Background: Genomic variants are considered sensitive information, revealing potentially private facts about individuals. Therefore, it is important to control access to such data. A key aspect of controlled access is secure storage and efficient query of access logs, for potential misuse. However, there are challenges to securing logs, such as designing against the consequences of "single points of failure". A potential approach to circumvent these challenges is blockchain technology, which is currently popular in cryptocurrency due to its properties of security, immutability, and decentralization. One of the tasks of the iDASH (Integrating Data for Analysis, Anonymization, and Sharing) Secure Genome Analysis Competition in 2018 was to develop time- and space-efficient blockchain-based ledgering solutions to log and query user activity accessing genomic datasets across multiple sites, using MultiChain.
Methods: MultiChain is a specific blockchain platform that offers "data streams" embedded in the chain for rapid and secure data storage. We devised a storage protocol taking advantage of the keys in the MultiChain data streams and created a data frame from the chain allowing efficient query. Our solution to the iDASH competition was selected as the winner at a workshop held in San Diego, CA in October 2018. Although our solution worked well in the challenge, it has the drawback that it requires downloading all the data from the chain and keeping it locally in memory for fast query. To address this, we provide an alternate "bigmem" solution that uses indices rather than local storage for rapid queries.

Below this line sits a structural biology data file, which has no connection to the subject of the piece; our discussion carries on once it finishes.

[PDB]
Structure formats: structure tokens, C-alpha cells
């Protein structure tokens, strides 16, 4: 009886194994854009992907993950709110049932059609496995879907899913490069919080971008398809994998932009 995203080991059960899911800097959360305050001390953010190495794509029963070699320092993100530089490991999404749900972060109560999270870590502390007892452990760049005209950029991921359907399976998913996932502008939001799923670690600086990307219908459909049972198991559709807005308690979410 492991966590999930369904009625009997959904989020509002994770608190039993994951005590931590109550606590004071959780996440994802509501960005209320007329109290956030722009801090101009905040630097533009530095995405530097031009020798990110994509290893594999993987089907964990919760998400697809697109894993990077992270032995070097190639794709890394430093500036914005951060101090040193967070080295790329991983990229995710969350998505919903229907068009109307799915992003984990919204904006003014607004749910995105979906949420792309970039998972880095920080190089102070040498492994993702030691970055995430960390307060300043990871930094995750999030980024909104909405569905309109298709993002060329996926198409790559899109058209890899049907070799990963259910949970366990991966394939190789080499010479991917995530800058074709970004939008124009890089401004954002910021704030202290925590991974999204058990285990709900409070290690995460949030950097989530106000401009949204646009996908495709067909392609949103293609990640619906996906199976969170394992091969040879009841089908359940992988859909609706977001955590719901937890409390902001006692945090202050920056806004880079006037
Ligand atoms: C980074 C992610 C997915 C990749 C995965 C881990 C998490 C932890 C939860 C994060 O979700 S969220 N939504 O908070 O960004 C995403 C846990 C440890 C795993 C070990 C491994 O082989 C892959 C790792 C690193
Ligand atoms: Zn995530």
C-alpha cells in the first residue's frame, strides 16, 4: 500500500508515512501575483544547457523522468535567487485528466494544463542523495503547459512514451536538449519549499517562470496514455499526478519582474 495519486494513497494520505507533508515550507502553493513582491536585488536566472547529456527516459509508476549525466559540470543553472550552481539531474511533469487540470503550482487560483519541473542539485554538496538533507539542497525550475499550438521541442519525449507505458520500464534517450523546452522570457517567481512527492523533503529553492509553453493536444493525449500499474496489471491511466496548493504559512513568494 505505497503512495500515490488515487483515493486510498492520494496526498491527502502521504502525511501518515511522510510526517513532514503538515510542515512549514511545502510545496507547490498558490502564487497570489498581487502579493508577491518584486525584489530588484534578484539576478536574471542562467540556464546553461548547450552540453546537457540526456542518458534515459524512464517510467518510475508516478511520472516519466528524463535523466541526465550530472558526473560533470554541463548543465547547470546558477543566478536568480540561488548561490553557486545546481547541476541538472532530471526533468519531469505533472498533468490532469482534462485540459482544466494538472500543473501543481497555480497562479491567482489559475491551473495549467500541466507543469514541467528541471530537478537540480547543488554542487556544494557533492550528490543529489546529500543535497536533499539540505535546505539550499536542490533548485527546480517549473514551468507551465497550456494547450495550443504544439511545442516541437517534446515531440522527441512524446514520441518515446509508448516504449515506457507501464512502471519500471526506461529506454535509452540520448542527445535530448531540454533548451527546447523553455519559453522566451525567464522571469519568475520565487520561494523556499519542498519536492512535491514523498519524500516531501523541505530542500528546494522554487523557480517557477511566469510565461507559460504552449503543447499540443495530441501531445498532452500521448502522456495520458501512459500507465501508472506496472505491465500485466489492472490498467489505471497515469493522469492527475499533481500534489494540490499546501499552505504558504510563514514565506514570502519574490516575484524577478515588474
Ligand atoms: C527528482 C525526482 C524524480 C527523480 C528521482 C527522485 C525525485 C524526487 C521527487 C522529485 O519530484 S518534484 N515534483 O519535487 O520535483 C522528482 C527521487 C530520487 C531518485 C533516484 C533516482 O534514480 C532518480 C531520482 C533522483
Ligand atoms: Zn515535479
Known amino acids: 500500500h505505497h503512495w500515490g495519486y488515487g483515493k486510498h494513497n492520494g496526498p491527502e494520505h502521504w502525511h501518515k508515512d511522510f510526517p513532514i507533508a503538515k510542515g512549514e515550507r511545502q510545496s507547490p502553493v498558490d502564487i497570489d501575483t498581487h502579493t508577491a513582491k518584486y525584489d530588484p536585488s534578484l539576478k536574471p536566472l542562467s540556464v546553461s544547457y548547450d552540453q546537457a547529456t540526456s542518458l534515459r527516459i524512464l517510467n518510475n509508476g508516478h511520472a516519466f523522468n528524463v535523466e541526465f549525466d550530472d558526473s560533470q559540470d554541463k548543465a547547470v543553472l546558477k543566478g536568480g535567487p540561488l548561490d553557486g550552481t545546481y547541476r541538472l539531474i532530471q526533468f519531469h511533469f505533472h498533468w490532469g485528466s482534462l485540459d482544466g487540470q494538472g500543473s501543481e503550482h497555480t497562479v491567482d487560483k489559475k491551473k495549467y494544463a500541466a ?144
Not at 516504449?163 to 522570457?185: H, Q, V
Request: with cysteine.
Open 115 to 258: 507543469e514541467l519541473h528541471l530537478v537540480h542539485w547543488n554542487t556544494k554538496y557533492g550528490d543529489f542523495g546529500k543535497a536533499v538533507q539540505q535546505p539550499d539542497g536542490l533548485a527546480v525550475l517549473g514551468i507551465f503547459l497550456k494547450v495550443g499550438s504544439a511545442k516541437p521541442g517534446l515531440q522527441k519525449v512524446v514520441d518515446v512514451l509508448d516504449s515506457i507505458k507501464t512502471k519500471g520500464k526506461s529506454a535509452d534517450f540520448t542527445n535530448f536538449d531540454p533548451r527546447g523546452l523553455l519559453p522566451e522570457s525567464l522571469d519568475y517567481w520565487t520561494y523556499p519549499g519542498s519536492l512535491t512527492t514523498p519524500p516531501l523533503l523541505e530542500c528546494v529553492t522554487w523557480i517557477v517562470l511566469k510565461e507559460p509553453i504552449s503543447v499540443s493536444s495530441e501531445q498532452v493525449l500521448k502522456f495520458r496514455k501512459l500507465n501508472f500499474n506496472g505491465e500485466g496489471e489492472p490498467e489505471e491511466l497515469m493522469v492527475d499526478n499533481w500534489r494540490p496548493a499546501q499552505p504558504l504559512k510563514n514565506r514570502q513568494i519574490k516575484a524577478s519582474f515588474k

Results: We profiled the performance of both of our solutions using logs with 100,000 to 600,000 entries, both for querying the chain and inserting data into it. The challenge solution requires 12 seconds time and 120 Mb of memory for querying from 100,000 entries. The memory requirement increases linearly and reaches 470 MB for a chain with 600,000 entries. Although our alternate bigmem solution is slower and requires more memory (408 seconds and 250 MB, respectively, for 100,000 entries), the memory requirement increases at a slower rate and reaches only 360 MB for 600,000 entries.
Conclusion: Overall, we demonstrate that genomic access log files can be stored and queried efficiently with blockchain. Beyond this, our protocol potentially could be applied to other types of health data such as electronic health records.
Keywords: Blockchain; Genomic data access log; Secure storage.